Symptoms of a food allergy and asthma are hives, nausea, rash, diarrhea, or vomiting. In addition to this, asthma symptoms include: shortness of breath and wheezing. Some people may experience anaphylaxis in addition to asthma symptoms.
Anaphylaxis and an asthma attack tend to have the same symptoms. It may begin to be very difficult to breathe. It is important to understand the difference between the two. If you believe it is an asthma attack, and your usual medications are not helping your symptoms, then it is likely anaphylaxis. In these cases, it is best to use a dose of epinephrine and be seen by your physician immediately.
While food induced asthma episodes are very uncommon, they do happen on occasion. The most common foods that can trigger an attack are: shellfish, fish, wheat, milk, eggs, peanuts, soy and wheat. Food preservatives can also be the cause of asthma attacks, such as those found in dried fruits, bottled lemon juice, or wine. Typically a reaction is due to an allergy to sulfites, which is used in preservatives. A reaction to a food will typically occur within two hours of ingesting the food. In most cases though, the reaction will occur within minutes of eating something, however, it is not impossible for the reaction to happen up to six hours later.
In most cases, this is also caused by a family history of allergic asthma. If you have hay fever or other allergies, then you are also at a higher risk of getting asthma.
The first step of treatment is to know what foods trigger a reaction. Once you know what foods are causing the trigger, then you will want to avoid the food completely. Avoiding the trigger food is the best option, but in case of emergency, it is best to keep an epinephrine or rescue inhalers with you at all times. If you have food induced asthma, then your physician will recommend medications, long-term and rescue to control symptoms and prevent attacks from occurring. You must continue to take long-term medications to keep both allergies and asthma under control.
Your physician may also recommend allergy shots in an effort to desensitize your body to the allergen. Allergy shots may be beneficial as they will help to treat allergic reactions and will also decrease asthma symptoms.
A leukotriene modifier may also be used to treat allergy and asthma symptoms. This is a daily medication that controls the immune systems chemical release. If the allergic reaction does not occur, then it is likely that the asthma reactions will not occur too.
Anti-immunoglobulin E therapy is used to interfere with the IgE when it comes into contact with the body. This medication helps to prevent allergic reactions and helps to avoid asthma reactions.
Once you have identified what your food allergy is and the reactions that will take place, then your physician will help to create an asthma action plan or allergy action plan with you.
Most commonly, food induced asthma is caused by ingestion, but in some cases, it can be done through inhalation. The most common symptoms include coughing, wheezing, or asthma attacks. Symptoms will vary between each person. It is crucial to record your symptoms for your physician so they know what happens during an attack.
A food induced asthma episode can be caused by an exposure to a food. In severe allergy cases, you may not even have to ingest the food, but just be exposed to the odor or particles in the air. This can occur mainly with nuts or fish. This can cause a serious reaction in people with allergies. Many people know to avoid ingesting certain foods, but many people may not realize that they need to eliminate any exposure to the allergen in general.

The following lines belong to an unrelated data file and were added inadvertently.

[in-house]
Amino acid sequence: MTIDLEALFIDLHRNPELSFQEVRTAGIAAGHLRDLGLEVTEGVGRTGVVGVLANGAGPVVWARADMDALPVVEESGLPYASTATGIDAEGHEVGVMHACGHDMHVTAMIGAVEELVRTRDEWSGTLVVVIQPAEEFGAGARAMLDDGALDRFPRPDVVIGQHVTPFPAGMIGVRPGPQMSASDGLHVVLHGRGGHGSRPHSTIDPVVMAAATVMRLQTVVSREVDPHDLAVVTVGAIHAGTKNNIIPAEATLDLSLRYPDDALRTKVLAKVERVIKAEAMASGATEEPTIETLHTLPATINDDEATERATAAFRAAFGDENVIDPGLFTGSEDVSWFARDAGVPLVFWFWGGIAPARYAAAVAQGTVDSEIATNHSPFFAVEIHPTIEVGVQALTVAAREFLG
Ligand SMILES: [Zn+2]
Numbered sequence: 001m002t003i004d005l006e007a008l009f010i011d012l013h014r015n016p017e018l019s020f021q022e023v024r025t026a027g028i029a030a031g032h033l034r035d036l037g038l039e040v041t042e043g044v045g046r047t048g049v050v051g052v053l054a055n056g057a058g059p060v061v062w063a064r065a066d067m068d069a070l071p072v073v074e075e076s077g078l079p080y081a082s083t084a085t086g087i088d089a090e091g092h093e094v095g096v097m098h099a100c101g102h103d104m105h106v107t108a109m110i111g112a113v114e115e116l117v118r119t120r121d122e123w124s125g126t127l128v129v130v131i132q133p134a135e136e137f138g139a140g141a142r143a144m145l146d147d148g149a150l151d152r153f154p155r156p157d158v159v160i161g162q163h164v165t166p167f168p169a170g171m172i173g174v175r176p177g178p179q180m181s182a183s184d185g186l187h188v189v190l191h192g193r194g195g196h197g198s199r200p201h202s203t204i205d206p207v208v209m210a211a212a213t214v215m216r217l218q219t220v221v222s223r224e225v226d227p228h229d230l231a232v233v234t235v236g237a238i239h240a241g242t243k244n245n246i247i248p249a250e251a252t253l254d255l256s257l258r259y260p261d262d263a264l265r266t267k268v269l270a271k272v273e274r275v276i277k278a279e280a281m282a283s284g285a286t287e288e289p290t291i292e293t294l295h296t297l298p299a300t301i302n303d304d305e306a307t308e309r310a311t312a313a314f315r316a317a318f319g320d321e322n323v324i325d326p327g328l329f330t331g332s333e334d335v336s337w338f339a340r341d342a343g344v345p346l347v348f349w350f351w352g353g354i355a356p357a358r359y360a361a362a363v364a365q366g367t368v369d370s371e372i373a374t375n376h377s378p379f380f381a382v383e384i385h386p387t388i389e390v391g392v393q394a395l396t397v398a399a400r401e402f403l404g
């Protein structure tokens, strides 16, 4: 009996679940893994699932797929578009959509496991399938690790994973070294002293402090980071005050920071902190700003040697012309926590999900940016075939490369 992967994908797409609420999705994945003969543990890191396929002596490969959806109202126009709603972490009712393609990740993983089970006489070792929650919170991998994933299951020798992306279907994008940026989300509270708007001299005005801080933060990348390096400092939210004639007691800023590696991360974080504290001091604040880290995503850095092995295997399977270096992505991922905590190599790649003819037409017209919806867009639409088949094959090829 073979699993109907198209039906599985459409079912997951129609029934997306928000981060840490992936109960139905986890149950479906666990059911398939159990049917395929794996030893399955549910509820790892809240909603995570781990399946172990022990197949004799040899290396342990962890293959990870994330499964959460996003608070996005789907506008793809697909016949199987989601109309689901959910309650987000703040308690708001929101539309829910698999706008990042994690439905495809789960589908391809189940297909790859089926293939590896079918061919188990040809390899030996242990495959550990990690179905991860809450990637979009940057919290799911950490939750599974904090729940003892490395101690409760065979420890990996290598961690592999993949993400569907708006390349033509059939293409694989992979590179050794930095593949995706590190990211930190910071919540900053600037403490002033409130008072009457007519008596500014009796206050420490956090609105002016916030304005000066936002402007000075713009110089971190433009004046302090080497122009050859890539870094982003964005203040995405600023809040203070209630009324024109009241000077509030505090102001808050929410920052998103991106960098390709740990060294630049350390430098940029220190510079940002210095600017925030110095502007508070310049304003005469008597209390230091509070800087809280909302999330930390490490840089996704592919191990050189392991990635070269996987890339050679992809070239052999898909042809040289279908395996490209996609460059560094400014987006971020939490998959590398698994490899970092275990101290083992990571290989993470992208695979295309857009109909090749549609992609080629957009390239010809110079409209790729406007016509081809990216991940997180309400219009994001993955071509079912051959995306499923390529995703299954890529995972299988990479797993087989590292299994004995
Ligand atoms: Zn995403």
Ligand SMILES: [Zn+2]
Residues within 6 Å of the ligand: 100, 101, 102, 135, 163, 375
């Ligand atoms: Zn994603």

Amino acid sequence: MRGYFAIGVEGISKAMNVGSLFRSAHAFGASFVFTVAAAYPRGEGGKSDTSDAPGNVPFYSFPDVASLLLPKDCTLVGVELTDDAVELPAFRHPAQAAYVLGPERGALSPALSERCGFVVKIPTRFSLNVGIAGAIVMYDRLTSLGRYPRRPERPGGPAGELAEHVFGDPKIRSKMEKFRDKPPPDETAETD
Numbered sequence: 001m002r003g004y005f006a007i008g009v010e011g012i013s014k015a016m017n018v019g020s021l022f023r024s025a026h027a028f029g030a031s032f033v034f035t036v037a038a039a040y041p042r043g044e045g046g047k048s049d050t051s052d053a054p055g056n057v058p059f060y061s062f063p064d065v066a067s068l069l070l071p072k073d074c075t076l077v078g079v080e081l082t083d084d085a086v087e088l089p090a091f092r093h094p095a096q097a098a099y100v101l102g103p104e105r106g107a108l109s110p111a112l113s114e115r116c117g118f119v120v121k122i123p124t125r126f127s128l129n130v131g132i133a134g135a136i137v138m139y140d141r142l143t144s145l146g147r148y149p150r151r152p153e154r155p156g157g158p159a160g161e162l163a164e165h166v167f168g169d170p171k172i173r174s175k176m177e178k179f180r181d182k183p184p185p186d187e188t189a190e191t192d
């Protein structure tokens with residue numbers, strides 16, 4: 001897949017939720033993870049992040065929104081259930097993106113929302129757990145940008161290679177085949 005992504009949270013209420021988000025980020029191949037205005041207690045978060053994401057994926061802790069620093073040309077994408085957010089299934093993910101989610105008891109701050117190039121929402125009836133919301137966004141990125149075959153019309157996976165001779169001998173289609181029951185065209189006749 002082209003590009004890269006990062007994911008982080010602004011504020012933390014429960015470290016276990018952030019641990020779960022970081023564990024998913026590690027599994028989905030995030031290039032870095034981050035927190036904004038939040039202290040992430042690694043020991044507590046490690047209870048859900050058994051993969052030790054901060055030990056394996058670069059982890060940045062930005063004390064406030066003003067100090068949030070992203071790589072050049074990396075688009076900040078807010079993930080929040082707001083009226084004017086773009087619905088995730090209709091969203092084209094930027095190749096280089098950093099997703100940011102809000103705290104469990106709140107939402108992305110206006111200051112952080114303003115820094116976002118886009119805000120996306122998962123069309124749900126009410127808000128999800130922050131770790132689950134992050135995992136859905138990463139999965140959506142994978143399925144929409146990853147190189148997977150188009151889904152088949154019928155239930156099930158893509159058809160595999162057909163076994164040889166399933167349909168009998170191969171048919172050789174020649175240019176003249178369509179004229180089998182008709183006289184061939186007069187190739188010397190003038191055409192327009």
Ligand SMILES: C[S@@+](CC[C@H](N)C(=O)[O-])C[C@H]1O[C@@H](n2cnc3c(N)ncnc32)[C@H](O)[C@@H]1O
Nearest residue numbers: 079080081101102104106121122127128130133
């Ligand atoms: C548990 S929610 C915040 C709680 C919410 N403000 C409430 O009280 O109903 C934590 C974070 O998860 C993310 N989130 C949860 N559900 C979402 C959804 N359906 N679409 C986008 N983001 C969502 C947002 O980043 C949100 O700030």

To begin treatment, it is important to know what exactly the triggers are. When the allergens have been diagnosed, then you can properly avoid the allergen. For example, if you asthma is caused by inhaling seafood, then you will want to avoid seafood restaurants or cooking seafood in your home. Your physician will recommend completing an allergy test in order to properly identify the allergens. Once this is complete, then the physician will recommend long-term medications as well as rescue medications to keep the allergies and asthma under control.
Once the trigger has been identified, your physician may recommend going through allergy shots if the symptoms are serious. These allergy shots will help in controlling symptoms and in return, controlling your asthma. A leukotriene inhibitor is another treatment option. This is a daily drug that will control the immune system and the chemical release that occurs. This works because it eliminates the allergic reaction, which will eliminate the asthma attack too.
Be sure to record your symptoms and when they occur. Your physician will aid in recommending treatment and an asthma action plan. The physician should also monitor progress. If your asthma and allergies are not getting better, then you may need to increase the dose of medication that you are taking. The best method of treatment is to avoid the allergen, however, sometimes that is not possible. Since this is impossible, it is important to take your long-term medication daily or as prescribed. When you are having an attack, you must follow the asthma action plan that your physician has helped you write out. If the rescue medication does not help the symptoms to get better, then it may be necessary to go to the emergency room. The emergency room will administer medications to get the asthma and allergic reaction under control. Once everything is back to normal, then you may need to wait a few more hours to ensure you will not experience another attack. Once you are cleared, then the physician will give you specific instructions on what to do in case of another attack once you leave. If you experience another attack shortly after leaving, you may be administered to the hospital to watch symptoms.
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